Other factors may deter return to work and are not factored into this determination. The En Banc case stated that “the employee’s post injury earnings portion of that calculation may not accurately reflect his or her true earning capacity.” (p 33 line 21-22).The en banc decision cited Montana case (Montana, supra 57 Cal.2d at pp 594-595) where “all facts relevant and helpful to making the estimate must be considered. The applicant’s ability to work, his age and health, his willingness and opportunities to work, his skill and education, the general condition of the labor market, and employment opportunities for persons similarly situated are all relevant. (p. 34 lines 3-6). ”

“Motivational or other factors may play a role in determining whether a particular employee’s post injury earnings accurately reflect his or her true post injury earning capacity.” (Ogilvie P 34 lines 9-10)

I predict that Ogilvie /FEC evaluations will be sought after when they produce high PD. Workers who can prove they have no earning capacity, and high wage earners who have suffered a 50%-75% reduction in earnings that cannot be compensated in the labor market will benefit most from the rebuttal process.

The issue of the 100% designation remains open to controversy. The use of LC 4662, particularly the mental incapacity language, has been used successfully to avoid the Ogilvie, FEC debate and simply assert the finding by the Trier of Fact as “evident” of total disability. Other factors not addressed are apportionment to non industrial issues, pre-existing educational and language skills, limited labor markets, and prior injuries. Many case laws are used to assert total disability defined in LC 4662. In Sally Perez Vs Universal Care, Inc, SCIF the panel considered the testimony of the vocational expert and concluded that because the applicant is unable to return to the workforce, the applicant has a level of disability which sustained a total loss of earning capacity and was therefore totally, permanently disabled, as defined in the rating schedule.

In these types of cases, the vocational expert addresses the totality of the workers capacity to return to work, and will be able to sue the tenants of LeBouef which finds vocational rehabilitation to be a mitigating factor. The voucher does provide opportunity for restraining, as do the many publicly funded vocational training programs. In extreme cases, it may behoove the carrier to offer rehab servicers voluntarily to avoid findings of 100% disability.


To contact Emily Tincher, call 415 389 8953 or email her at Emily.tincher@cascadedisability.com.

Emily Tincher is a vocational expert, in practice over 25 years throughout California, as a specialist in workers compensation. She has a Masters in Vocational Rehabilitation Counseling from the CRC certified program at University of Southern California, and was admitted to the American Board of Vocational Experts as a Fellow.
Jul
17
2009
5

Ogilvie Calculations Made Dead Simple

Ogilvie for Dummies

Ogilvie for Dummies

UPDATE: DOWNLOAD THE MATHEMATICAL PROOF AS A PDF!

Get ready to stop paying people to do Ogilvie calculations, recycle your Gearheart/Gerlach handouts, and delete your Frost Excel spreadsheet.[1]  We’re about to go all “Beautiful Mind.”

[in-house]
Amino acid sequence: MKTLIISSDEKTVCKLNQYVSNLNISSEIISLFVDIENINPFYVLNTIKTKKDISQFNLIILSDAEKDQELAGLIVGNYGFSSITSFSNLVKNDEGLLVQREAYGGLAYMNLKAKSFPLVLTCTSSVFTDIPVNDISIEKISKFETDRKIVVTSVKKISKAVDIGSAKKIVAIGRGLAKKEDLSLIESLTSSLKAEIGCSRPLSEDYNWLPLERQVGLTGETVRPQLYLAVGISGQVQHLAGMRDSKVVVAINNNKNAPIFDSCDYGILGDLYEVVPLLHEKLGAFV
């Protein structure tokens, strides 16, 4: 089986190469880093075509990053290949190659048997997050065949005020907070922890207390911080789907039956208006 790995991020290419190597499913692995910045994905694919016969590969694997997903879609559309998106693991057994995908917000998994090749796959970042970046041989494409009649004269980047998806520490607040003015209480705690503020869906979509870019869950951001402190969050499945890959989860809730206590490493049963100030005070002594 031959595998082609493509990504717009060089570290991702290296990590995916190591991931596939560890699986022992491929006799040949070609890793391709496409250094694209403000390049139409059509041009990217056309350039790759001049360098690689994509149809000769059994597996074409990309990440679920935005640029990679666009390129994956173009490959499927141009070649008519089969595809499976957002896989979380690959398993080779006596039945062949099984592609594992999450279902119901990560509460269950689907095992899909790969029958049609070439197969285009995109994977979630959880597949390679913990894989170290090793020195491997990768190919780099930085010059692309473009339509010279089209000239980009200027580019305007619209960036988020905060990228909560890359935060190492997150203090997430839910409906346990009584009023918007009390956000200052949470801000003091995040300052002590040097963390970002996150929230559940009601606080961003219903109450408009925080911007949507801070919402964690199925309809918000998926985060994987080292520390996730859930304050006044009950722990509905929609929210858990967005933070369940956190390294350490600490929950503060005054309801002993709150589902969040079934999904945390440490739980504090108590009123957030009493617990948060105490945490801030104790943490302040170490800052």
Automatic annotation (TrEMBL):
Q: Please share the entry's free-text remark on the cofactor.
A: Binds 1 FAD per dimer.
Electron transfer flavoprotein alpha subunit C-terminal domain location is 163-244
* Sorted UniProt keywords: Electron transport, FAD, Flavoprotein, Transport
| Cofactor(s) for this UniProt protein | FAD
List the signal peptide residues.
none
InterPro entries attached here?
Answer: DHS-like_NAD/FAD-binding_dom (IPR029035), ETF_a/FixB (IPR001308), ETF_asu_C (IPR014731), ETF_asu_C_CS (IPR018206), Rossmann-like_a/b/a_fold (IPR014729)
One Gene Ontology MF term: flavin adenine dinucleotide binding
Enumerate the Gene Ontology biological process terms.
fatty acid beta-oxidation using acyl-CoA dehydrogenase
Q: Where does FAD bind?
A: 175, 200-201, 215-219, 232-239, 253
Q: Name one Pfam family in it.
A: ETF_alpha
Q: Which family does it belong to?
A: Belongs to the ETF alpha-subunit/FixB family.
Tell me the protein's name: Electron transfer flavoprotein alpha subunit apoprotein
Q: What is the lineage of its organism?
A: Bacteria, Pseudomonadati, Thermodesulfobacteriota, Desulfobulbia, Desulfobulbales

Yesterday while at the Oakland WCAB an Applicant’s attorney mentioned he noticed an interesting trend in the Ogilvie formula. [2][3] He said that whenever he does an Ogilvie calculation for someone with a 100% earnings loss and a modest WPI, the WPI is always increased by 18. [4]

I ran a number of test calculations on this theory and it appeared to be right.  My calculations show that up to a WPI of 44 the increase appears to always be 18.1, but the last “0.1” always gets rounded down.  However, appearing to be right just isn’t good enough for me.  And, because I am just truly that nerd, here’s the fully mathematical proof:

Let’s break down the calculations at the heart of Ogilvie:

  1. Earnings Loss[5][6]
    1. = (PIESSE – PIEA) / PIESSE
    2. = ($1.00 – $0.00) / $1.00
    3. = $1.00 / $1.00
    4. = 1
    5. = 100%
  2. Individualized Proportional Earnings Loss
    1. = (WPI / Earnings Loss) / 100
    2. = (WPI / 100% )/100
    3. = (WPI / 1) / 100
    4. = WPI / 100
    5. Thus, for any WPI less than 45 and a total loss of earnings, the Individualized Earnings Loss will always be less than 0.450 in Table A.
  3. DFEC Adjustment Factor
    1. = ([1.81/a] * .1) + 1
    2. = ( (1.81 * .1)/a) + 1
    3. = (.181/a) + 1
    4. = 1 + (.181/a)
  4. Ogilvie DFEC Adjusted Rating
    1. = WPI * DFEC Adjustment Factor
    2. = WPI * (1 + (.181/a) )
    3. = WPI * (1 + (.181 / Individualized Proportional Earnings Loss) )
    4. = WPI * (1 + (.181 / (WPI / 100) ) )
    5. = WPI * (1 + (.181 * 100 / WPI ) )
    6. = WPI * (1 + (18.1/ WPI ) )
    7. = WPI * ( (WPI/WPI) + (18.1/ WPI ) )
    8. = WPI * (WPI + 18.1/ WPI )
    9. = WPI * (WPI + 18.1/ WPI )
    10. = WPI + 18.1
  5. Conclusion
    1. If you have an Applicant with a 100% post injury earnings loss and a WPI of 44 or less, you should rebut the FEC and arrive at an adjusted WPI that is equal to the original WPI plus 18.1.

Therefore, I propose a new Ogilvie formula that will be easy for anyone to remember:

  • Step 1: If the injured worker has a 100% earnings loss and a WPI of 44 or less, add 18.1 to the WPI and round down.
  • Step 2: If the injured worker has less than 100% earnings loss or a WPI of 45 or higher, go to Step 3.
  • Step 3: For heaven’s sake, just make your life easier and use the calculators here at PDRater.com.

What do you think?  Leave a comment or drop me a line.

  1. Sorry Jeff, Mark, Mark, and Ray! []
  2. Thank you “S”!  Unfortunately, he did not want to be named. []
  3. Man, I *wish* I could take credit for this observation. []
  4. Not multiplied by 18, but an addition of 18. []
  5. PIESSE = Post Injury Earnings of Similarly Situated Employees []
  6. PIEA = Post Injury Earnings of Applicant []